A Morning Warrior Takes the FieldFormer Olympics producer Bell brings his passion for live TV to Today 11/03/2006 07:00:00 PM Eastern
Before Jim Bell was named executive producer of NBC's Today show last year, he hadn't produced a single news segment, let alone a top-rated morning news show. A fixture of NBC's Olympics coverage since joining the network in 1991, he was in the midst of preparing for the 2004 Athens games when NBC Universal TV Group CEO Jeff Zucker approached him about producing a “boisterous, three-hour, live show.”
But Bell saw a jump to news as the next logical step in a career spent covering sports. “I know about being decisive and the daily juggling of live TV and reacting to events,” says the former college football star. “Live TV is as close to being on the field of play as anything else.”
Since taking the field in the high-stakes morning-news wars, Bell has shepherded Today through the departure of longtime co-host Katie Couric and the arrival of her successor, Meredith Vieira, with hardly a hiccup in the ratings. Now he is working to strengthen its lead on rival Good Morning America on ABC and prepare the show for the digital future.
“More choices than ever”
“The consumer has more choices now than ever,” he says. “Sometimes when you're No. 1, it is hard to grow and evolve, but we have to keep changing.”
Bell has drawn on his sports background since his days at Harvard, where he was an all-Ivy League defensive tackle and studied government before heading to Barcelona to coach a football team and teach English. After he sent his résumé to NBC, the network hired him to ferry NBC Sports executive Randy Falco to planning meetings (Falco, now NBC Universal TV Group president/COO, was wheelchair-bound with an injury).
Bell hit it off with NBC Sports President Dick Ebersol and soon joined the Olympic profile unit, traveling to Africa and Cuba to produce the often tear-jerking stories on athletes that pepper the coverage.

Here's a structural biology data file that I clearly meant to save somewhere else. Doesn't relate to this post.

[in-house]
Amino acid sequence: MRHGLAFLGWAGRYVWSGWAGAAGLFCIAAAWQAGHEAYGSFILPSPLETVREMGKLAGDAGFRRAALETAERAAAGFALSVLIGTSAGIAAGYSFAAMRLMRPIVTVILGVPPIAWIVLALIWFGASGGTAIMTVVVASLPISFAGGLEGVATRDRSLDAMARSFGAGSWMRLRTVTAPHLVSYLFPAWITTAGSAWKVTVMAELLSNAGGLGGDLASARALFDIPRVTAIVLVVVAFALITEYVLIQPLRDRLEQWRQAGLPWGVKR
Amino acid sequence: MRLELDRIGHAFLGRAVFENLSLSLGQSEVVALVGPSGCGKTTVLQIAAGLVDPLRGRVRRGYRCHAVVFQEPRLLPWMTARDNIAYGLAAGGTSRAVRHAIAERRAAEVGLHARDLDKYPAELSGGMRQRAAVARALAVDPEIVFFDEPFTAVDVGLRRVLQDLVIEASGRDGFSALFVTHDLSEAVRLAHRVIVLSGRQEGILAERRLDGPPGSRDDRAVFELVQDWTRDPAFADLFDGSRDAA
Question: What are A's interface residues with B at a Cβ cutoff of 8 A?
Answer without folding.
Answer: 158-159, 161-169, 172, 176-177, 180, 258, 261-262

“The Olympics are distinct from other sports because you need a basic knowledge of world events,” he says. “You also have to personalize athletes who play sports that Americans don't necessarily care about.”
After helping to produce the Games, Bell returned to New York to produce various sports events for NBC, from the World Series to the NBA Finals. He later became a senior coordinating producer for the 2000 Sydney Games and continued in that role for the 2002 and 2004 Olympics.
When Zucker persuaded Bell to join Today in April 2005, the show's top ranking was in jeopardy. GMA was closer than ever in ratings, and talk of Couric's wanting out was growing louder. But Zucker, himself a former Today executive producer and Olympics veteran, knew Bell was well-suited for the task.
“Today is a huge outfit with hundreds of people on the staff and three hours of live programming every day,” Zucker says. “You need to be an organized and strong leader. There is no better training for telling a story or reacting on your feet more than live sporting events.”
After Couric left in May, Bell set about preparing the show for Vieira's arrival and a new season of competition. Given its ratings and profitability, Today will likely escape the recently announced cuts to NBC News.
Studio made for high-def
Bell has already created a new unit of interview bookers to ensure that Today won't lose out on those all-important “gets.” And while the show telecast from its outdoor set all summer, its studio was rebuilt for high-definition.
Through it all, Bell has relished the Olympic-size thrill of producing a live show. “With the Games, you have two years to reinvent and embrace new technology,” he says. “On Today, we're doing it every day.”